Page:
A: He and his friend Pilou are using their home version of Minitel, to reach out to Santa. And there’s a kiosk that’s punched up, and it’s that creepy dude using it. I guess he just happens across it; they don’t really explain it, they just show them typing to each other anonymously. Pilou keeps telling Thomas to get off it, like “you’re probably just talking to a creepy guy.” But Thomas insists it’s the real Santa.

E: Another theme of this movie: keep your kids from chatting with strangers on the Internet, even back then when there wasn’t really an Internet.

A: Pilou is the total skeptic here.

E: Oh, he is! Here’s another nice and philosophical part about this: Pilou does not believe in Santa Claus. Pilou says Santa’s not real, and that his parents buy the presents. So basically, he thinks Tom’s an idiot for believing in Santa Claus. Tom brings that up to his mom, and his mom is like, “Well, Pilou’s a bad kid. Santa doesn’t come to see him.”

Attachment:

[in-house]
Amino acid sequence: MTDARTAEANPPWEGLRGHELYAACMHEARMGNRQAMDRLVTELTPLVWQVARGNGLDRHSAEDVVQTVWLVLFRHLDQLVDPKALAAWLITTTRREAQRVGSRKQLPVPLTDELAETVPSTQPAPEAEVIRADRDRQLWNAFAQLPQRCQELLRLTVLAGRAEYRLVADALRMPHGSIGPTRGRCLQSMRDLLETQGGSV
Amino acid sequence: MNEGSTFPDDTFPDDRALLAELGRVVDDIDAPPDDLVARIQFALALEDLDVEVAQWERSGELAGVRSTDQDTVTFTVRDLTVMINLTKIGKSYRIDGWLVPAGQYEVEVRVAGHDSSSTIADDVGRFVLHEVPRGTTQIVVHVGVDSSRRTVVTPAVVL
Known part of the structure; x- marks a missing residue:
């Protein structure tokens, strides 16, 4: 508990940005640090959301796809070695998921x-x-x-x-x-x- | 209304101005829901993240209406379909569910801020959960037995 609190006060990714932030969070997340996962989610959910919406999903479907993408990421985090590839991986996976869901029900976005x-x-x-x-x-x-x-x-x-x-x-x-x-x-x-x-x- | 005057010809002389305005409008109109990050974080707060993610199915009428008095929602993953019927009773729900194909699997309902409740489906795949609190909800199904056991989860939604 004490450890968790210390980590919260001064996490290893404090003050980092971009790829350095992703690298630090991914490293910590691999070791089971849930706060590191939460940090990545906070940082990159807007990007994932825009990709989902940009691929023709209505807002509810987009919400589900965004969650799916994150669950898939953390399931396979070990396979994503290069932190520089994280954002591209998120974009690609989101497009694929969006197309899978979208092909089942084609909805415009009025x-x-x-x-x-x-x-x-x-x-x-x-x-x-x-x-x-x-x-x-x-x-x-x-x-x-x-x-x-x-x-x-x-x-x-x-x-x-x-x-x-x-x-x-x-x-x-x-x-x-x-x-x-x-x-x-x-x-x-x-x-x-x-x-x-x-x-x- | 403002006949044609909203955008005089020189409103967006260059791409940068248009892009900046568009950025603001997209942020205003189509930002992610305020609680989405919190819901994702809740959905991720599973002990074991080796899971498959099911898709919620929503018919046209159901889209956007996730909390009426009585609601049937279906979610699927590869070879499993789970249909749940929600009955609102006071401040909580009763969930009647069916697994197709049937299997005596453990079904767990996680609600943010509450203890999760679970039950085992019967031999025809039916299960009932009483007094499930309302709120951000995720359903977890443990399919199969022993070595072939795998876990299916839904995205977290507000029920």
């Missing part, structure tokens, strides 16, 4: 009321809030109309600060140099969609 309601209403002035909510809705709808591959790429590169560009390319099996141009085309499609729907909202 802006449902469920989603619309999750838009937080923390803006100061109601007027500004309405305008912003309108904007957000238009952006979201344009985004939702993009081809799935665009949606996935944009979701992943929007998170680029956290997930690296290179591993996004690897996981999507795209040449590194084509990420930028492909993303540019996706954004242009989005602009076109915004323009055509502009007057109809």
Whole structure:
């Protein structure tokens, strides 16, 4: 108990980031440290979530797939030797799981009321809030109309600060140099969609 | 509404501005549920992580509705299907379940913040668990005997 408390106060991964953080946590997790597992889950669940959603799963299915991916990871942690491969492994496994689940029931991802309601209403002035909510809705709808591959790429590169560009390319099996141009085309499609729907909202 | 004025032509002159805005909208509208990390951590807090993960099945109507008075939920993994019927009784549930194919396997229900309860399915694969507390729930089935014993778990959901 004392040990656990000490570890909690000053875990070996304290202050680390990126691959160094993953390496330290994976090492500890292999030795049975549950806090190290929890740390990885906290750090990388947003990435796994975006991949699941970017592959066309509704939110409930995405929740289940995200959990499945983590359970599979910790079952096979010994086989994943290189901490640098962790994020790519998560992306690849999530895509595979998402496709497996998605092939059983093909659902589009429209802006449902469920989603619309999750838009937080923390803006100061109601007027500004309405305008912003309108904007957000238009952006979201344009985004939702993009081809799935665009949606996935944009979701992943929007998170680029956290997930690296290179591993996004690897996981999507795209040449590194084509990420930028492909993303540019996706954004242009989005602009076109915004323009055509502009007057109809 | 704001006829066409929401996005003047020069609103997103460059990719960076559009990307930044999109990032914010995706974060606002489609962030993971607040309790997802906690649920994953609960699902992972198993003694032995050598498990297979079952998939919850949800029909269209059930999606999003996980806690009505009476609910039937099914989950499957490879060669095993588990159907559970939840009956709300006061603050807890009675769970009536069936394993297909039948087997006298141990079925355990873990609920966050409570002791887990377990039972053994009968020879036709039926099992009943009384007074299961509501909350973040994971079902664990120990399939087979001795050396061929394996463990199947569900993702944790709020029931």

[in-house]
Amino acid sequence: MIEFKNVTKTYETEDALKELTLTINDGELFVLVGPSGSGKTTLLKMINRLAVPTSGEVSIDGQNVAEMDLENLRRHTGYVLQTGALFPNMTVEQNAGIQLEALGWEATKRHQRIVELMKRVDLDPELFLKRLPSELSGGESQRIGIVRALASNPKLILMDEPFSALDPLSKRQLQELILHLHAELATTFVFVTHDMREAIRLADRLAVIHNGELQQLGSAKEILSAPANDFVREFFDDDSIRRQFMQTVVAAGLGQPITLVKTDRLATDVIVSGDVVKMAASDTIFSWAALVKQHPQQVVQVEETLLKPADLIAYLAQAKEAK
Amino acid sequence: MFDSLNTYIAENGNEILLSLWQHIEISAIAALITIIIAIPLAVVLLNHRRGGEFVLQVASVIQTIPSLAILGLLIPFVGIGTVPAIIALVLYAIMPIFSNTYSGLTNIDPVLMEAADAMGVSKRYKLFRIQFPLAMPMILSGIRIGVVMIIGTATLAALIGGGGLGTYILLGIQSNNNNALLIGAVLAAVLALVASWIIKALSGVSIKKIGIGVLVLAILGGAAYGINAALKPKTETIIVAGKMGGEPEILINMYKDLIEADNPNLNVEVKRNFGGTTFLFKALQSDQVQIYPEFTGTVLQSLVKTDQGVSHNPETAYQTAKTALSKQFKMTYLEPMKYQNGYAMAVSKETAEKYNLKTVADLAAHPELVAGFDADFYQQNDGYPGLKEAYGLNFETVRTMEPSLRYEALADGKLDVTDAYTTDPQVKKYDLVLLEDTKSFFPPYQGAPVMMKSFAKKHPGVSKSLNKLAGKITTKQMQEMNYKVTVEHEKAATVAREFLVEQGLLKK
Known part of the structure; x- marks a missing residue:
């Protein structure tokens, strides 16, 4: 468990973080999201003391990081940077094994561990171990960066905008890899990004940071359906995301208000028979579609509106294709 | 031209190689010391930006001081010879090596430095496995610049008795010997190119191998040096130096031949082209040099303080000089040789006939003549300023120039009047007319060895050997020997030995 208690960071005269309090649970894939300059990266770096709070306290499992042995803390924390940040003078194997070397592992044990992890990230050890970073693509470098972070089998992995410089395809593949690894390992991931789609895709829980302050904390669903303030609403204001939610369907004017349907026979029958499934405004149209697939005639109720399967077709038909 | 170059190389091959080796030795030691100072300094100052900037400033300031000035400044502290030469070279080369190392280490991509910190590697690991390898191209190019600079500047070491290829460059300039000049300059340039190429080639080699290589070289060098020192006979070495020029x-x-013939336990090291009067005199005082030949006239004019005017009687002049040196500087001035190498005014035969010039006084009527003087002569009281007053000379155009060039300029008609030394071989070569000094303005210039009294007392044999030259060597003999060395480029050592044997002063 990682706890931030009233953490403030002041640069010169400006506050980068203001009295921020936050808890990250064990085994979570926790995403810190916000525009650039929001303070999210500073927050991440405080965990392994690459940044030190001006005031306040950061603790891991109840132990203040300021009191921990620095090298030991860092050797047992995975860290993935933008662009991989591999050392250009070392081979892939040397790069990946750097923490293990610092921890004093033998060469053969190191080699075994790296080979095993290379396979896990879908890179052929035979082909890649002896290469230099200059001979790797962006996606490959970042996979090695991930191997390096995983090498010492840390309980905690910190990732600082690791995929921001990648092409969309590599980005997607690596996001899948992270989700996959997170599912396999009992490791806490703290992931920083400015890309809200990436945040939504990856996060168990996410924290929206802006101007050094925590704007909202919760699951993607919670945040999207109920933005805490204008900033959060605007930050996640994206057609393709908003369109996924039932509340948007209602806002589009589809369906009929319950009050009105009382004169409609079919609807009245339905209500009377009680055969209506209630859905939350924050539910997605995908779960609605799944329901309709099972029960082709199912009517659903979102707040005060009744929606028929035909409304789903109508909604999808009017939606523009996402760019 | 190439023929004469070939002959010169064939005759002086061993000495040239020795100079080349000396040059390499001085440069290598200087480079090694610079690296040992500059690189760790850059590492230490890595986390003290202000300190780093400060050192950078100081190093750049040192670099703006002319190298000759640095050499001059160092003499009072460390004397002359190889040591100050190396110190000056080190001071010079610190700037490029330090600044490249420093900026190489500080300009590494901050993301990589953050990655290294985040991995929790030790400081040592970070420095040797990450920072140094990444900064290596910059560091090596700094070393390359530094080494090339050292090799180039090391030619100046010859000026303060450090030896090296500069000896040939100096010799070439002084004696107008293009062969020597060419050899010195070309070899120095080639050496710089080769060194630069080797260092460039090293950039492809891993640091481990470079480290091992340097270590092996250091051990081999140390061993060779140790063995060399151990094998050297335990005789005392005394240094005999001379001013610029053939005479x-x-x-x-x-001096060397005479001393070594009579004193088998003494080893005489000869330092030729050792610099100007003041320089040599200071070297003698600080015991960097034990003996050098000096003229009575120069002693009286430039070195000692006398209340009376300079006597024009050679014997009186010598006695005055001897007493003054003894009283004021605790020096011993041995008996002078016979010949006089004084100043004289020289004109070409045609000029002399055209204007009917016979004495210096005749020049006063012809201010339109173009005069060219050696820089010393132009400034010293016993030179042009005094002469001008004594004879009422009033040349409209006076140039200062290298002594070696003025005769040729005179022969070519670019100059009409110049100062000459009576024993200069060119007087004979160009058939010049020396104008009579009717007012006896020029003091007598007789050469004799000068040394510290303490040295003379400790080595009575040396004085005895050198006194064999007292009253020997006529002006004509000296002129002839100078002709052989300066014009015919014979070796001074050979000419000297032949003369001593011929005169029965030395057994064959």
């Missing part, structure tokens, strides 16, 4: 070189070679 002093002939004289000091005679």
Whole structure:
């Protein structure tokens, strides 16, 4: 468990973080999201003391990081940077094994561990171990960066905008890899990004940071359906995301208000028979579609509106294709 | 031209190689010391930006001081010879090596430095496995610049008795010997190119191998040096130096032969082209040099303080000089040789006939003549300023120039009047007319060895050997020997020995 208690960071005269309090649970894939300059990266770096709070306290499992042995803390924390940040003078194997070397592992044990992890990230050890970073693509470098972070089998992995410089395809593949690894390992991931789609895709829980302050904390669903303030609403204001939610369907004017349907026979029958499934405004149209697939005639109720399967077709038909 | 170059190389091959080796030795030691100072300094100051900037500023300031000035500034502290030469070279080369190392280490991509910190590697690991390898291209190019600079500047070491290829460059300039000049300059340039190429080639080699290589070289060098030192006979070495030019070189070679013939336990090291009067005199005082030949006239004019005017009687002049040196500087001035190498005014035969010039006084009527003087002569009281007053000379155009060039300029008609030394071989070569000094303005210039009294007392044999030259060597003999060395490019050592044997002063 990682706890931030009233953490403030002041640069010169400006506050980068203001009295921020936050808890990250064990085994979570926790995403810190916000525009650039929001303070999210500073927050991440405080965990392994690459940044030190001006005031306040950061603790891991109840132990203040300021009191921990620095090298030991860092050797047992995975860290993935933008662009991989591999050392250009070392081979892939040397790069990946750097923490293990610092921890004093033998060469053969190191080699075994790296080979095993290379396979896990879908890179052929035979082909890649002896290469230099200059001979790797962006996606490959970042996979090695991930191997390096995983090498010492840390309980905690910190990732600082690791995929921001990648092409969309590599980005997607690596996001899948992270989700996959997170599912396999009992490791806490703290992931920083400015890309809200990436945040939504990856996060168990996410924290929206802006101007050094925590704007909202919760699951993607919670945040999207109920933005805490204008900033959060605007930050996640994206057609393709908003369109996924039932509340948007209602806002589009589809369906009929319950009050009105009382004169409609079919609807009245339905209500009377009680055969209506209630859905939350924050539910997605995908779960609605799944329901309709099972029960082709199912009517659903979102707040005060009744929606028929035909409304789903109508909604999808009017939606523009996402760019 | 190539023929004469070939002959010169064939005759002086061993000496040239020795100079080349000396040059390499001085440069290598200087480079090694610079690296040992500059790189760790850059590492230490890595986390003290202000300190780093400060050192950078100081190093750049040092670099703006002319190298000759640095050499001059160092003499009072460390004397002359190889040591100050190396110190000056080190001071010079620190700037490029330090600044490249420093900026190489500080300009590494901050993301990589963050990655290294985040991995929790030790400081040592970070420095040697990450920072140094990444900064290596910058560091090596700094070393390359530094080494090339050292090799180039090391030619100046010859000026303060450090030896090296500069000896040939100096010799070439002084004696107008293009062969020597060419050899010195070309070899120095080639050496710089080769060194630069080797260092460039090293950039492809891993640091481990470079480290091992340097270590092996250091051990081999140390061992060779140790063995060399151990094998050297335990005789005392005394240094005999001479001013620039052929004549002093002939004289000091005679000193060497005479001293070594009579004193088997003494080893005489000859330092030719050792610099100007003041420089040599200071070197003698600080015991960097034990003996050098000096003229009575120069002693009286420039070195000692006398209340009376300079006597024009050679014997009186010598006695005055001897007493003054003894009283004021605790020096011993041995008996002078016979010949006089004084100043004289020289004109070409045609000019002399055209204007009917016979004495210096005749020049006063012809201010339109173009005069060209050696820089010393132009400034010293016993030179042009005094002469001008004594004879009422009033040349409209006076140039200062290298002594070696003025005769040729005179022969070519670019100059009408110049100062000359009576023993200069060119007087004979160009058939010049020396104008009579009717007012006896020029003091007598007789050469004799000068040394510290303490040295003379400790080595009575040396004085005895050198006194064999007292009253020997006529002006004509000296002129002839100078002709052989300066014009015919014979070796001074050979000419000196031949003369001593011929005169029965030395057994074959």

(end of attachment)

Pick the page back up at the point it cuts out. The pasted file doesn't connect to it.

A: His parents have to make up for it and buy him stuff.

E: Exactly. Santa isn’t real to him. And that’s a pretty good way of handling that, I think. People don’t really know how to do that transition of, like, when their kids start hearing from their friends that Santa’s not real, and they kinda freak out. It’s a good way of handling it.

A: Did you ever believe in Santa? As a guy coming down the chimney, Santa?

E: Yeah, but we didn’t have a chimney. But I mean, yeah, I’m pretty sure I did.

A: I didn’t.

E: Never?

A: Never. Because it wasn’t presented as a belief in Santa, like as a thing to believe in. I understood the cultural icon, I knew what Santa was, but also the Europe thing. Growing up there, there were different versions of Santa Claus. There was the St. Nicholas, who, on December 5th, would come by your door late at night and drop off something. Either coal, or oranges…candy, stuff like that.

E: In your shoe?